Friday, February 10, 2017

Naked Before God

By Colleen O’Sullivan

The woman saw that the tree was good for food, pleasing to the eyes, and desirable for gaining wisdom.  So she took some of its fruit and ate it; and she also gave some to her husband, who was with her, and he ate it.  Then the eyes of both of them were opened, and they realized that they were naked; so they sewed fig leaves together and made loincloths for themselves.  When they heard the sound of the Lord God moving about in the garden at the breezy time of the day, the man and his wife hid themselves from the Lord God among the trees of the garden.   (Genesis 3:6-8)

Then I acknowledged my sin to you,
my guilt I covered not.
I said, “I confess my faults to the Lord,”
and you took away the guilt of my sin.  (Psalm 32:5)

He took (the deaf man with the speech impediment) off by himself away from the crowd.  He put his finger into the man’s ears and, spitting, touched his tongue; then he looked up to heaven and groaned, and said to him, “Ephphatha!” (that is, “Be opened!”)  And immediately the man’s ears were opened, his speech impediment was removed, and he spoke plainly.  (Mark 7:33-35)

Amazing grace! How sweet the sound
That saved a wretch like me!
I once was lost, but now am found;
Was blind, but now I see.
(Amazing Grace, John Newton, 1779)

The story of the Eden Garden. The temptation of Adam & Eve 
by the devil. Pedestal of the statue of Madonna with Child, 
western portal (of the Virgin), of Notre-Dame de Paris, France, 
Wikimedia Commons, Public Domain

A lush paradise.  Everything we could ever need.  A God who walks and converses with us in the cool of the evening.  A talking snake.  Fig leaf attire.   All just a myth, people say, as though that somehow diminishes the truth of the story.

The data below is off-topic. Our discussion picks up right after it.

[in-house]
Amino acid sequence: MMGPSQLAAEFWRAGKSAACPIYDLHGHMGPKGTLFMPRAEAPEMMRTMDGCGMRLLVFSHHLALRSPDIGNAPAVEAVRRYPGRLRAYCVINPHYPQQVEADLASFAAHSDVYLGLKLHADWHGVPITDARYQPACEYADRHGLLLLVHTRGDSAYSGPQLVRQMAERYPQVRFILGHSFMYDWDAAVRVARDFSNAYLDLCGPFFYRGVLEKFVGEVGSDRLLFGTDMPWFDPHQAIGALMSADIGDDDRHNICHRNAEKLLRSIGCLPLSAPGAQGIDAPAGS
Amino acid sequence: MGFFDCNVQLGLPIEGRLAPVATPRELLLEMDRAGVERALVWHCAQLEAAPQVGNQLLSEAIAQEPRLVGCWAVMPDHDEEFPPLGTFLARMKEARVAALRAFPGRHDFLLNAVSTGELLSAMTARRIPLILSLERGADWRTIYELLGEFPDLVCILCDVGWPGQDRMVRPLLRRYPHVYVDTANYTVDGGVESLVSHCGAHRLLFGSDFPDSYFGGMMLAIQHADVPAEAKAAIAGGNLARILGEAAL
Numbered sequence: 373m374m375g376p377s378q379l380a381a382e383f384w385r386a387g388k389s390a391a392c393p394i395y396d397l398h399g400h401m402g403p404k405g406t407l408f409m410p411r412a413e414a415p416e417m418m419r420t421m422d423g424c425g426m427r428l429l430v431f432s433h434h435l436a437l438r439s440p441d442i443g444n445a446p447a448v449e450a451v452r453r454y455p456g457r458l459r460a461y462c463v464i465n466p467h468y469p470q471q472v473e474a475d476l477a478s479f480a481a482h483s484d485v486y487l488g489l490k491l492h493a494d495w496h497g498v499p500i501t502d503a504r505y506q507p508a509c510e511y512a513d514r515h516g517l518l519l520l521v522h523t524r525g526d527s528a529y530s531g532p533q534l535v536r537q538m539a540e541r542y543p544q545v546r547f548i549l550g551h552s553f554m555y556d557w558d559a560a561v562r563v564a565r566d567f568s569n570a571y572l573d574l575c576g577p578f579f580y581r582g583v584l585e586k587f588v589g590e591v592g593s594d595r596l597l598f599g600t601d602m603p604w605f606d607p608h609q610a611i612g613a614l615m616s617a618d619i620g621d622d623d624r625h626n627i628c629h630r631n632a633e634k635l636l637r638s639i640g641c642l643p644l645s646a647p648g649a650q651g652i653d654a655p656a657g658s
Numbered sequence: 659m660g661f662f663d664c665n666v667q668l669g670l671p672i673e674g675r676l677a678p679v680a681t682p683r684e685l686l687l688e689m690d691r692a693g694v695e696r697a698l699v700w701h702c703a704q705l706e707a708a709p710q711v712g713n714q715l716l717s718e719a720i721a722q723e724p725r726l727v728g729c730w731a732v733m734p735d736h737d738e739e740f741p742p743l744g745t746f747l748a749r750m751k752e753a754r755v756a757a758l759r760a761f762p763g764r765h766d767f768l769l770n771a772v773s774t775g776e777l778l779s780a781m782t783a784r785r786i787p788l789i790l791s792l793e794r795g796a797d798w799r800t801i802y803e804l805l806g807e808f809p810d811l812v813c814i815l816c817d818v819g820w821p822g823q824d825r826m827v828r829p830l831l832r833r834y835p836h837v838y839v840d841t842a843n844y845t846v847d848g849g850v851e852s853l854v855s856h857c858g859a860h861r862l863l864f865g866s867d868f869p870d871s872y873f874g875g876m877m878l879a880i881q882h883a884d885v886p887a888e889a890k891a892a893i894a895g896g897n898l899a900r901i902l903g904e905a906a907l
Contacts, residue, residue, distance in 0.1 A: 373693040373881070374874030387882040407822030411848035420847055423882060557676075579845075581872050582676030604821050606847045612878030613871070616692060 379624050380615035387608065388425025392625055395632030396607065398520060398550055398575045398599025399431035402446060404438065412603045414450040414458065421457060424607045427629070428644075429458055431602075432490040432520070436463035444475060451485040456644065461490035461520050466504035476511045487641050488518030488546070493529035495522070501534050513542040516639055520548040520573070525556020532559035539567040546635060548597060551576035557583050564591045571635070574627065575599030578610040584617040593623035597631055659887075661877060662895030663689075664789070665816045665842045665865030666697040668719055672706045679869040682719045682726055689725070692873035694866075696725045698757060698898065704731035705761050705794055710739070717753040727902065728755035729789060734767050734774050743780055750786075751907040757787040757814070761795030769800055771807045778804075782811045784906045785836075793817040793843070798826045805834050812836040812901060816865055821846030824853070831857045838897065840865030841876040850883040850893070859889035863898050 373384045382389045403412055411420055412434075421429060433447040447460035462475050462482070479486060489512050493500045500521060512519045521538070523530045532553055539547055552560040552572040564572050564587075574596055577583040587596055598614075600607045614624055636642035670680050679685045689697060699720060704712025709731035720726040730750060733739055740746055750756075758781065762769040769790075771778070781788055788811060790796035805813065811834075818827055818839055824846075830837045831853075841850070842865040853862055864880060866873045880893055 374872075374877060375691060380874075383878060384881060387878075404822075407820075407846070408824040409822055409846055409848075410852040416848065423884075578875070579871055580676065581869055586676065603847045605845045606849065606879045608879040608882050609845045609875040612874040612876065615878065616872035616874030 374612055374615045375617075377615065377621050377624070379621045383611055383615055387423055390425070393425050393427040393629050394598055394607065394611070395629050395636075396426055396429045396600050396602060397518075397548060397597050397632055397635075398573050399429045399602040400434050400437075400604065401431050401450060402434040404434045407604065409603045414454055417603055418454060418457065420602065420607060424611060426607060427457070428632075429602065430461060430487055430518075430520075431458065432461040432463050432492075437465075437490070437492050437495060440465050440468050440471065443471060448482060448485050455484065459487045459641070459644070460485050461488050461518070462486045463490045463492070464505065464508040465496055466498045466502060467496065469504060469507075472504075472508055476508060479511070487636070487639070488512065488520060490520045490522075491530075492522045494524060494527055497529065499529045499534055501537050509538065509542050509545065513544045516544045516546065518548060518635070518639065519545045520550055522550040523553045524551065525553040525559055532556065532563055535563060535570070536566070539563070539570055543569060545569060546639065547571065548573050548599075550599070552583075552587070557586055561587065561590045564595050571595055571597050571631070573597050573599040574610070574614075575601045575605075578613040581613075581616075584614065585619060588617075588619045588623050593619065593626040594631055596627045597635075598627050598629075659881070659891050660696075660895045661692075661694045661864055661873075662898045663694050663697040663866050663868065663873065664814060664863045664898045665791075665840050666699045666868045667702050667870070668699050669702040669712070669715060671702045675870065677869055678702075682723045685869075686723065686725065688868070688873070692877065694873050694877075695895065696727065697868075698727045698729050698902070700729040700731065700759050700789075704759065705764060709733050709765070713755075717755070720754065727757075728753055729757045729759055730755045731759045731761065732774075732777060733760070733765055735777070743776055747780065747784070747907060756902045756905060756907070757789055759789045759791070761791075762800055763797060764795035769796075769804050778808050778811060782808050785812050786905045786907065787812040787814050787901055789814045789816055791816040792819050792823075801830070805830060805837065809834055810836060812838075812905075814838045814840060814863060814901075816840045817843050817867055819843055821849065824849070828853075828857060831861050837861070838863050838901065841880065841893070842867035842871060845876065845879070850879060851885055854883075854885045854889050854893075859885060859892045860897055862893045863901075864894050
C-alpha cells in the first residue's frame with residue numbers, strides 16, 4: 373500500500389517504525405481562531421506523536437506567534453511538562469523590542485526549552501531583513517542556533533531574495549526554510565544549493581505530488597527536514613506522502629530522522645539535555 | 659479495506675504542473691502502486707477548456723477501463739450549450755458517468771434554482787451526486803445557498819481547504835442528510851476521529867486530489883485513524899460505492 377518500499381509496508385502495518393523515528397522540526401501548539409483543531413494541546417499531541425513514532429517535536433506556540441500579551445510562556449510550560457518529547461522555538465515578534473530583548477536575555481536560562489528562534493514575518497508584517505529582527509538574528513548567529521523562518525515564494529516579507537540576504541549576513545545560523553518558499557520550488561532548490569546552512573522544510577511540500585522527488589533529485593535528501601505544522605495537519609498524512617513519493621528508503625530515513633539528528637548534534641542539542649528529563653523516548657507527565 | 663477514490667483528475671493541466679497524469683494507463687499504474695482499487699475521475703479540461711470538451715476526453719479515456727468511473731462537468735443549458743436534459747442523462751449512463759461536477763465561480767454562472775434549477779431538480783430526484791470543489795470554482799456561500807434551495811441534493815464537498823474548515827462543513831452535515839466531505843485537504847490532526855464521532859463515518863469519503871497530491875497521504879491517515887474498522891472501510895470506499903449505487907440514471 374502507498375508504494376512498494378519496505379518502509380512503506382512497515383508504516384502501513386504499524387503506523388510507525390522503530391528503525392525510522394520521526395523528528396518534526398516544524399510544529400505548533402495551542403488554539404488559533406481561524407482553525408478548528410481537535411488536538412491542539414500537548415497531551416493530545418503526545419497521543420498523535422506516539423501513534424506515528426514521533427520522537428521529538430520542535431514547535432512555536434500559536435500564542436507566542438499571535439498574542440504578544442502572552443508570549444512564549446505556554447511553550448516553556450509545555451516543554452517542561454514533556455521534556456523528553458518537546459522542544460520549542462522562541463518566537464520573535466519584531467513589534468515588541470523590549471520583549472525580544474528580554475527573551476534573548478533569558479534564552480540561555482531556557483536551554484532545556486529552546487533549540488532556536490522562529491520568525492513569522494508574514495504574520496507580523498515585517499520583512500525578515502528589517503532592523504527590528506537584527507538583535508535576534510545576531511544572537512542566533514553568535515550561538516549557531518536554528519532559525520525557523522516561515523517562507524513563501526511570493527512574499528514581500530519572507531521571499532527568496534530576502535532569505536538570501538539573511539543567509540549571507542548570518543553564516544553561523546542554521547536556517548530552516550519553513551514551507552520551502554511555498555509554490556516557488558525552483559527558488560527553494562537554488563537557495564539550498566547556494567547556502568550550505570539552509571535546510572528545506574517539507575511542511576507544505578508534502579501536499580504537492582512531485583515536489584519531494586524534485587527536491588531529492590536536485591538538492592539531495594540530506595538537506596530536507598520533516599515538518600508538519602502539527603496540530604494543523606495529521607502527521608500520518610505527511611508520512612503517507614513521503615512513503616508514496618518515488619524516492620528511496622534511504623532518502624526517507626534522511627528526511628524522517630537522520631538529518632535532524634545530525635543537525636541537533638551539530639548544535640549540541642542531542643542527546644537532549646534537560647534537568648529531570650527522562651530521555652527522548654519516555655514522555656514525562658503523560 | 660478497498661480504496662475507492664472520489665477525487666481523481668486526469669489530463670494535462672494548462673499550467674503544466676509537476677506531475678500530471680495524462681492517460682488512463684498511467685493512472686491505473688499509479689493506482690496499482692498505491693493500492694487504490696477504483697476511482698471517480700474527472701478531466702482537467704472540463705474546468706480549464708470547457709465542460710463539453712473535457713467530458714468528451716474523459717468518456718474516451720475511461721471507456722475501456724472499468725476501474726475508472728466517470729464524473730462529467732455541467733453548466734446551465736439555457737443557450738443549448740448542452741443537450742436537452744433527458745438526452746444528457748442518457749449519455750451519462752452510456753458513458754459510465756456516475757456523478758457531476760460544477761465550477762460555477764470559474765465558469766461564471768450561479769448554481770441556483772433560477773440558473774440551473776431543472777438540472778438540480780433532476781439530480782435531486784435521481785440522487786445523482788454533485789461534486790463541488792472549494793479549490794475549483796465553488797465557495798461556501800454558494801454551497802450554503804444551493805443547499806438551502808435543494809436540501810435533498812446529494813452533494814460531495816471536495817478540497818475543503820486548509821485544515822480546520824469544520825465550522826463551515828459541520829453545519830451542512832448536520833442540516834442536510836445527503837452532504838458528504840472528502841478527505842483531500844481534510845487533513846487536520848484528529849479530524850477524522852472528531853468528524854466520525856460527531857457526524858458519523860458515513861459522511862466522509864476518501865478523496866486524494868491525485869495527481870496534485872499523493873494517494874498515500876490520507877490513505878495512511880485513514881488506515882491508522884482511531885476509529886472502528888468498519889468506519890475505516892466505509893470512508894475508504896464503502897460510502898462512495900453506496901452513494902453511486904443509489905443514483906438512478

But it feels awfully real.  I never get up in the morning intending to sin.  I don’t know anyone who does.  But sometimes during the course of a day, we hear the evil spirit whispering in our ears.  The words don’t sound evil.  But as St. Ignatius of Loyola pointed out, the evil spirit is quite clever at disguising himself as an angel of light. To that first woman, his words sound enticing and good:  You’re kidding me!  God couldn’t really mean you shouldn’t ever eat from that one tree.  Just try the fruit.  You’ll be like a god yourself, knowing all about good and evil.  Well, look what happens.  All of a sudden that first man and woman begin to feel fear and shame, emotions they have never experienced before.  Maybe all that acquired “wisdom” isn’t everything it was made out to be.  They don’t want God to see them in this state.  The only thing to hide behind is a hastily thrown together fig leaf covering.

Forget the fig leaves; they don’t work.  Neither does blaming our actions on anyone else work.  Putting on a pleasant face and pretending nothing has happened is useless.  Trying to hide from God is a waste of energy.  God is everywhere.  God sees us stripped bare, no matter how we try to cover our sins.

Paradoxically, what makes forgiveness and healing possible is taking our broken, naked selves to God, showing God precisely what we don’t want anyone to see – the things we’ve done that have hurt others as well as ourselves, or the good we could have done but failed to do.  In that moment of truth-telling, Jesus reaches out and touches us as he touched the deaf and mute man in the Gospel reading and restores us to wholeness.


Spend a few minutes of your prayer time considering whether there is anything you are attempting to hide from God (or maybe even yourself).  Take the words of the psalmist to heart and confess your sins to God.  God will receive you with open arms, shower you with grace, and clothe you with forgiveness.

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